Motoring: The all-American sports car
Credit: NAUMAN FAROOQ
The 2015 Ford Mustang GT Convertible is the all-American dream with extreme speeds and a sleek look, but watch out, it is quite expensive.
Not only did Ford unveil their new sixth-generation model of the Mustang for 2015, but I have also spent a good portion of the year in many various versions of this American sports car.
I started the year off with a test of the base, a V6-powered Mustang back in January, and while the weather conditions during that week were far from ideal for a rearwheel drive sports car, my winter- tire shod tester proved the yearround drivability of this model.
A few months later, when the weather was warmer, I got into a Mustang EcoBoost model.
This one features a four-cylinder, turbocharged motor that had created a lot of buzz leading up to its launch.
The good news is the reality lived up to the hype. For many, the Eco- Boost Mustang only has half the cylinders a Mustang should have, but the performance would change the heart and mind of most performance car enthusiasts.
In July, I tested the ultimate version called the Galpin-Fisker Rocket Mustang.
This model might have started out in life as a Mustang GT Coupe, only then going to attain some improvements. Henrik Fisker, who designed the BMW Z8 and the Aston Martin DB9, penned its re-skinned body. The performance bits for the Rocket includes track tuned suspension by CorteX Racing, and a 2.9 litre supercharger by Whipple, that helped raise power figures to a stratospheric 725 horsepower.
However, all the versions of the Mustang I had tested this year had fixed roofs. Ford does make a droptop version, so I thought it would be ideal to do my last Mustang test of the year featuring the convertible model. Since I had not done a feature on the 5.0 litre GT model either, I thought it would be ideal to try to combine the two.
Thankfully, Ford Canada had just the model in their fleet, a 2015 Mustang 5.0 GT Convertible.
Like all other new Mustang models, the GT convertible features all-round independent suspension, which vastly improves the ride and handling over its predecessors.
My tester however did not feature Ford’s performance pack, so the ride and handling was quite a bit softer than I would have liked.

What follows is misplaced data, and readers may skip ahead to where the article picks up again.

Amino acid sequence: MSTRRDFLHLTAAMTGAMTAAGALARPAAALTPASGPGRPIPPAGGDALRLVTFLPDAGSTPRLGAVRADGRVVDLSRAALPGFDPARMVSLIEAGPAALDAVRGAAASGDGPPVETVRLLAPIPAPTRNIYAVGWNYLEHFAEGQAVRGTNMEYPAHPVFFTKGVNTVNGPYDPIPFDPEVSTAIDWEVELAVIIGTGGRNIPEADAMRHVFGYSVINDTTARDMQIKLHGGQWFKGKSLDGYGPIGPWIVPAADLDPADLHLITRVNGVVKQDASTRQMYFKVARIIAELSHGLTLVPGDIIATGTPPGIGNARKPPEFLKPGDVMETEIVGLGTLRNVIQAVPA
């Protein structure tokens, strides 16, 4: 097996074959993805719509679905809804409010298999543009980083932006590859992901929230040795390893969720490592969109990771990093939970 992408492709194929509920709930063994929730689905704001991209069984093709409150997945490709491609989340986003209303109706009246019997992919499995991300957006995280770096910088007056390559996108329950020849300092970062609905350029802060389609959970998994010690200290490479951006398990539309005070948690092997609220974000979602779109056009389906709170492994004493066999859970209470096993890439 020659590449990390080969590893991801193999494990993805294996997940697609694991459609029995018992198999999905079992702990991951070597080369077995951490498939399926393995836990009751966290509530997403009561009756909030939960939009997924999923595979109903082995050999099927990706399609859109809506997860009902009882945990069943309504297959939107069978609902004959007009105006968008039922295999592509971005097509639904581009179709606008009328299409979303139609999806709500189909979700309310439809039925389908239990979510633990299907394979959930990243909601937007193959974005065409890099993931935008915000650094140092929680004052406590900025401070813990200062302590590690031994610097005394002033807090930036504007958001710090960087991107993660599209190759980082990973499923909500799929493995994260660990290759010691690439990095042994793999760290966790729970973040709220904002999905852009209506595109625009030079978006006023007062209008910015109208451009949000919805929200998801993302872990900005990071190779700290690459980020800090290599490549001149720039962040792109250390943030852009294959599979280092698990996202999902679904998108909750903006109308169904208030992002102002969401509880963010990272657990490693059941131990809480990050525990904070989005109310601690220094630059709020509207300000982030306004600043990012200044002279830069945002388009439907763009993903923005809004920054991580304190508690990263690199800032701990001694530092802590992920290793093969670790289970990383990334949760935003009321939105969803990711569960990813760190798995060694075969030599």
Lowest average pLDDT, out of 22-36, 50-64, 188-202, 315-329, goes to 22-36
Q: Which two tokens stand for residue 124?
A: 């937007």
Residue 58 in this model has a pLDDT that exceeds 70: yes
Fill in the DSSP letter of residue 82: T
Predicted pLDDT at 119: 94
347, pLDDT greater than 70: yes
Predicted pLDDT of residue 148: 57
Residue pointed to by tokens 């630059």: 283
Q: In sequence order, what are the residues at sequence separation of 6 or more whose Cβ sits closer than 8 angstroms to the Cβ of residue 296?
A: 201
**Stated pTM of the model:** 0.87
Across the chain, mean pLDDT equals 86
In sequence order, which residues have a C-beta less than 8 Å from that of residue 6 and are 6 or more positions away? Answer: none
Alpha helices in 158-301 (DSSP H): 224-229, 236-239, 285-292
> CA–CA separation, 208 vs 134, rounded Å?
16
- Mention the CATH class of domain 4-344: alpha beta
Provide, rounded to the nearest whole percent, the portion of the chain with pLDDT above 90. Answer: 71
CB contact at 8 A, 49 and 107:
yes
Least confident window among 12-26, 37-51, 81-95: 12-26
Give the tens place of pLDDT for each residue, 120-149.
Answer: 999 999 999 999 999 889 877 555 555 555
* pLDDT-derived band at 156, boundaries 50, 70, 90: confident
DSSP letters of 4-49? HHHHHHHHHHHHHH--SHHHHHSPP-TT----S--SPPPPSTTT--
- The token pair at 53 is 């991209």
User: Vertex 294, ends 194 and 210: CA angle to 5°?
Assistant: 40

The most improved feature in this model was the convertible top. While the old model used to take a day to put its roof up or down, the new power-roof gets the job done in about 20 seconds.
When the stoplight turns green, you get to experience what many would say is the cars’ best feature: its engine. Under the hood of my tester was the 5.0 litre V8 motor that everyone craves.
It produces 435 horsepower and 400 pounds per foot of torque, which is enough to propel this nearly 4,000 pound machine from 0 to 100 kilometres per hour in about 4.8 seconds, and onto a top speed just north of 250 km/h.
The speed is accompanied by the noise of the V8 motor, which is music for any auto enthusiasts’ ears.
On clear and sunny days, I’d simply drop the top, drop a few cogs on its six-speed manual gearbox and just bury the throttle.
In addition to the performance, the interior of the 2015 Mustang can be specified to have a great sound system, a good infotainment system and it offers a comfortable ride.
As for complaints, the steering wheel is too big and the quality of the interior plastics in many areas is too similar to Econo Car Rentals.
In short, the interior is a fine place to spend time in, but you’re not likely to be wowed by it.
If you’re tempted to buy a new Mustang convertible, prices start at $30,399 for a V6 engine model. A 5.0 GT convertible is yours from $48,449, while my tester was nearly $53,000.
That’s not cheap to buy, and given how it drank 14.1 litres per 100 kilometres during my test week, it’s not cheap to run either. However, for most Mustang owners, this is a fun secondary car, and if you can afford it, you’ll enjoy every minute in it.